Princess Eugenie recalls 'daunting' surgery she had to treat scoliosis
Princess Eugenie recalls the ‘daunting’ surgery she had to treat her scoliosis when she was 12 – as she backs fundraiser for hospital that treated her
- Princess Eugenie, 30, is patron of the Royal National Orthopaedic Hospital
- It treated her for the rare condition of scoliosis when she was aged just 12
- Helped launched a collection of porcelain buttercups to raise money for hospital
Princess Eugenie has helped launch a collection of porcelain buttercups to raise money for the hospital where she had surgery on her spine as a child.
The Queen’s granddaughter, 30, is patron of the Royal National Orthopaedic Hospital (RNOH) which treated her for the rare condition of scoliosis when she was 12.
Artist Clare Twomey has designed 2,000 limited edition hand-finished buttercups, priced at £45 each, to raise funds for the RNOH.
The royal, who is pregnant and set to welcome the new addition to the royal family early in 2021, said she was proud to support the collection.
She added: ‘I know from my own experience that being a child in hospital and having complex surgery can be very daunting.
Princess Eugenie meeting Ms Christine Bows who cared for her when she in the hospital as a child, during a visit the Royal National Orthopaedic Hospital in London on 21 October 2020
On her wedding day in 2018 to Jack Brooksbank Eugenie wore a dress which proudly displayed the scar on her back
‘For almost 100 years, buttercups have offered hope at the RNOH, and I am so pleased to see this tradition continue in such a beautiful way.’
RNOH’s association with the flower – its emblem of hope and optimism – dates back to the 1930s, when artificial buttercups were made and sold in central London to raise funds for the hospital’s appeal.
It comes days after Princess Eugenie was named as the new royal patron of the Scoliosis Association UK.
Announcing the news on social media, the association said: ‘We are pleased to announce that Her Royal Highness Princess Eugenie has agreed to become the Royal Patron of the Scoliosis Association UK.’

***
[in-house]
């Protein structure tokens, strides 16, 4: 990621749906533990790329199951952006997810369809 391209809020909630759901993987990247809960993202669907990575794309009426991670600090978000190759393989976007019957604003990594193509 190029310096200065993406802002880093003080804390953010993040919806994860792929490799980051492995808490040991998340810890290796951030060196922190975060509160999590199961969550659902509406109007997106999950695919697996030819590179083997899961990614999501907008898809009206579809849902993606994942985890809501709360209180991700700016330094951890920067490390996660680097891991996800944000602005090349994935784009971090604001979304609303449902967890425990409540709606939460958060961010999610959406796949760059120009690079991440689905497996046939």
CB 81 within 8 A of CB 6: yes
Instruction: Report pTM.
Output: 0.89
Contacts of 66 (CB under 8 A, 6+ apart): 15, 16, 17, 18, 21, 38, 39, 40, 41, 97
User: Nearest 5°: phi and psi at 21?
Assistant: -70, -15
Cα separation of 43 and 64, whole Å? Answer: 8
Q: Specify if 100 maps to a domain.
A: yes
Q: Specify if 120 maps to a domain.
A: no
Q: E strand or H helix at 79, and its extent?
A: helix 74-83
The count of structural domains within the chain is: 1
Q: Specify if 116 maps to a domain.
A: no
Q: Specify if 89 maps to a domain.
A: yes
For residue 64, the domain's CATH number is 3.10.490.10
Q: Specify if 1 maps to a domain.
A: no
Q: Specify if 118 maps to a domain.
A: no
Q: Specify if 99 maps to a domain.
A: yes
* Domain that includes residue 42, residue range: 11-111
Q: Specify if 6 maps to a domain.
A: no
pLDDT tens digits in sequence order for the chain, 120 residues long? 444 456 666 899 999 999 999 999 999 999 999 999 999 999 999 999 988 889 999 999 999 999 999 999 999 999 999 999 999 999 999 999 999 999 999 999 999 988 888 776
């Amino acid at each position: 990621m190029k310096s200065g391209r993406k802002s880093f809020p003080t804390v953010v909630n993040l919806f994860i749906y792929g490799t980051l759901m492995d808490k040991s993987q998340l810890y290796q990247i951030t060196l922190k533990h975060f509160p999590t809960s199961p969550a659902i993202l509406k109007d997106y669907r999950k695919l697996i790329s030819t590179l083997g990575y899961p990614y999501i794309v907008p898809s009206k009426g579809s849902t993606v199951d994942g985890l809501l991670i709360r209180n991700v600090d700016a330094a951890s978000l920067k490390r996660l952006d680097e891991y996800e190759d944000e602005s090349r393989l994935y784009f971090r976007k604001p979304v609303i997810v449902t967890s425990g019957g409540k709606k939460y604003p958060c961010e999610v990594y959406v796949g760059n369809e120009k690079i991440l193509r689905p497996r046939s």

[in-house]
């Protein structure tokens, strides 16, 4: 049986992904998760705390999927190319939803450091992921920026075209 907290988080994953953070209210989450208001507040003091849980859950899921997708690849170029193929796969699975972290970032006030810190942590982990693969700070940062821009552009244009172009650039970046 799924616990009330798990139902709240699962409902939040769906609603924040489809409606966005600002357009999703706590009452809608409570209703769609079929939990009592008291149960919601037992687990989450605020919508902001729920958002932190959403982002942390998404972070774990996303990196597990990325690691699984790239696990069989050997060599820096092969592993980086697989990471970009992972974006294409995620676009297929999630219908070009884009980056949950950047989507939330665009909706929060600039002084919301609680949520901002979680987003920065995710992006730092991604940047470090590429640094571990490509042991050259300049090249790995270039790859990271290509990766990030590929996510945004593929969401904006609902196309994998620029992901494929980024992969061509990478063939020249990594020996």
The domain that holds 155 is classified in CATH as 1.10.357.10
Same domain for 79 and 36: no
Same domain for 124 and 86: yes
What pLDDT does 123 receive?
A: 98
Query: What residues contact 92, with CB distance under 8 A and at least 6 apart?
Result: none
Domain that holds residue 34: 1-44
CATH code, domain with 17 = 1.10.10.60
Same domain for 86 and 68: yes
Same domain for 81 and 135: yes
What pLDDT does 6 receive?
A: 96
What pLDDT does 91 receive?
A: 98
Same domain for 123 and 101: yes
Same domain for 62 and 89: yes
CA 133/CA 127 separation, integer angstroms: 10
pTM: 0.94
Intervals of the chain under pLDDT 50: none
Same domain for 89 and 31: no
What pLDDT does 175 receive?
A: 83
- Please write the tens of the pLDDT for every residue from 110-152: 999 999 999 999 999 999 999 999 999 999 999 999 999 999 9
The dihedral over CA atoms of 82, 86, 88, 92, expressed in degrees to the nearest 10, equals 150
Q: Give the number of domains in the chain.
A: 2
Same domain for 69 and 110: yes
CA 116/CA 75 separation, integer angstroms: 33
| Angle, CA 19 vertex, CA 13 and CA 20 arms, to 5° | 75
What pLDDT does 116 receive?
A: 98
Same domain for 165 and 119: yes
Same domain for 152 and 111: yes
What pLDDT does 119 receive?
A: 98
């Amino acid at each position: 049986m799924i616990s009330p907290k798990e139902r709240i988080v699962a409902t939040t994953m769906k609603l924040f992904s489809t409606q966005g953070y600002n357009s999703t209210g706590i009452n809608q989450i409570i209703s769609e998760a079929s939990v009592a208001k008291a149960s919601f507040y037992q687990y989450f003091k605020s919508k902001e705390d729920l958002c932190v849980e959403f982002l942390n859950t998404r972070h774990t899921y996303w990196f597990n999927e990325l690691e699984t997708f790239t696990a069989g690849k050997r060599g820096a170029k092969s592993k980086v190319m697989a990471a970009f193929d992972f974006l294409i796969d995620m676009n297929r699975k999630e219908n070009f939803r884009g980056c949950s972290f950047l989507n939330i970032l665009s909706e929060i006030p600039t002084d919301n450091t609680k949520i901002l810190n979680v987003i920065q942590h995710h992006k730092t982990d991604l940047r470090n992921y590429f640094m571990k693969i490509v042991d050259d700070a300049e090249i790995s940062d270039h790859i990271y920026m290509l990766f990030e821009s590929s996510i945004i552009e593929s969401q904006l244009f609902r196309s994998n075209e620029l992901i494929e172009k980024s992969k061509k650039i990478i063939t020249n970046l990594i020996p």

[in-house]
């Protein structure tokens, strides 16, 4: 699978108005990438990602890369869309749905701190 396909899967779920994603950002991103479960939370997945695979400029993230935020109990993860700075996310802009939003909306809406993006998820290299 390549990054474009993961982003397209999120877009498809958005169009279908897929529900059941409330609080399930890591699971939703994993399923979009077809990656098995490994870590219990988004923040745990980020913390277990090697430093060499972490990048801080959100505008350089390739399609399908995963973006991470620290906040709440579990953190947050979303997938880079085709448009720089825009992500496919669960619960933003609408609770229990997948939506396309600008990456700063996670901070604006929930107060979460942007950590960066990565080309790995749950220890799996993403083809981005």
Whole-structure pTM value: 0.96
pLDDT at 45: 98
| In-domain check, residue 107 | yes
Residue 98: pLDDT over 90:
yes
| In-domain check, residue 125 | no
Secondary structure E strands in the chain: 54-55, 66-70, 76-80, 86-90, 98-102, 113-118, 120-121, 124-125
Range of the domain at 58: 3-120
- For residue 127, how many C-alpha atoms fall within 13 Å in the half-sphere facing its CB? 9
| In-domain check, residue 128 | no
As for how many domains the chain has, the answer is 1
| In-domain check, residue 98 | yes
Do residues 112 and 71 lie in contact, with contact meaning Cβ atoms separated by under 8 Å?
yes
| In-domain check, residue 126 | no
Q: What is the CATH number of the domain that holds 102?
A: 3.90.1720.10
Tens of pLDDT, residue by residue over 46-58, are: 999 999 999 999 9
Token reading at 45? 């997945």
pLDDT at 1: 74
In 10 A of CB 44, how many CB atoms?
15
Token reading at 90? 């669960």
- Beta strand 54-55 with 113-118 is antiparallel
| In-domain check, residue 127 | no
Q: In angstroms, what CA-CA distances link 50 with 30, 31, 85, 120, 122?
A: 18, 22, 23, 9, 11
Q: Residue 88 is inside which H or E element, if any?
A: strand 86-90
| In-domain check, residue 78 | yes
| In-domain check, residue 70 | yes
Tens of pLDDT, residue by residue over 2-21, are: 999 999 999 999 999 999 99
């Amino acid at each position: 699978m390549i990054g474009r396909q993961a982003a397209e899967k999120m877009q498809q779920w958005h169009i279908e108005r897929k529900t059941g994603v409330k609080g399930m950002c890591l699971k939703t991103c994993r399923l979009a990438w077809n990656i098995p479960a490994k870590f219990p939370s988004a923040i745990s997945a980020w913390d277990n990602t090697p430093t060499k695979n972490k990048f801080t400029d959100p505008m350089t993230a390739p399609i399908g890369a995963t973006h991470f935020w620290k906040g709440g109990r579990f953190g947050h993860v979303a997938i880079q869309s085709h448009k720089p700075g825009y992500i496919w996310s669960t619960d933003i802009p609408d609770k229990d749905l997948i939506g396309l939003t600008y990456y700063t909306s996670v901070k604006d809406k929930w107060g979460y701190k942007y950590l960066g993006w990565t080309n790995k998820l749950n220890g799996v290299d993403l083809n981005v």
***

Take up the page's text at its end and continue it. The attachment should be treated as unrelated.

What is scoliosis?
Scoliosis is the abnormal curvature of the spine in an S-shape.
Signs include a visible curve in the spine, one shoulder or hip being more prominent than the other, clothes not hanging properly and back pain.
Pain usually only affects adults with the condition.
In most cases, the cause of the scoliosis is not known but it can be caused by cerebral palsy and muscular dystrophy.
In the UK, scoliosis affects three to four children could of every 1,000.
It is also thought that as many as 70 per cent of over 65s have some degree of scoliosis.
It is more common in women than in men.
Most children with the condition do not require treatment as it is mild and corrects itself as the child grows.
However, in severe cases the child may need to wear a back brace until they stop growing.
Occasionally, a child needs surgery to straighten their spine.
In adults, it is usually too late to treat the condition with a back brace or surgery so treatment revolves around reducing pain.
Source: NHS Choices
Eugenie underwent surgery on her spine at the age of 12 so titanium could be added to repair the curvature which scoliosis had caused.
The scar was also brought to the forefront of public attention on Eugenie’s wedding day to husband Jack Brooksbank.
The princess chose a stunning gown with a drop back that showed off her scar. Speaking at the time, Eugenie said it was important to highlight her journey with the condition.
The royal has stepped up her advocacy work in recent months.
Earlier this year on International Scoliosis Awareness Day the princess posted a picture of her scar onto her Instagram, encouraging other people with scars not to be ashamed of them
She shared a post on International Scoliosis Awareness Day in June that read: ‘I just wanted to share my scar and encourage anyone out there who’s gone through something similar to share theirs with me.
‘Let’s be proud of our scars! I’d love to repost any of your images on my stories so please tag me and I will share. #internationalscoliosisawarenessday.’
The royal has highlighted stories shared by followers with the condition in the months since.
Eugenie is also the Royal Patron of the Royal National Orthopaedic Hospital where she had her childhood surgery.
The buttercups can be bought from www.thebuttercupcollection.co.uk
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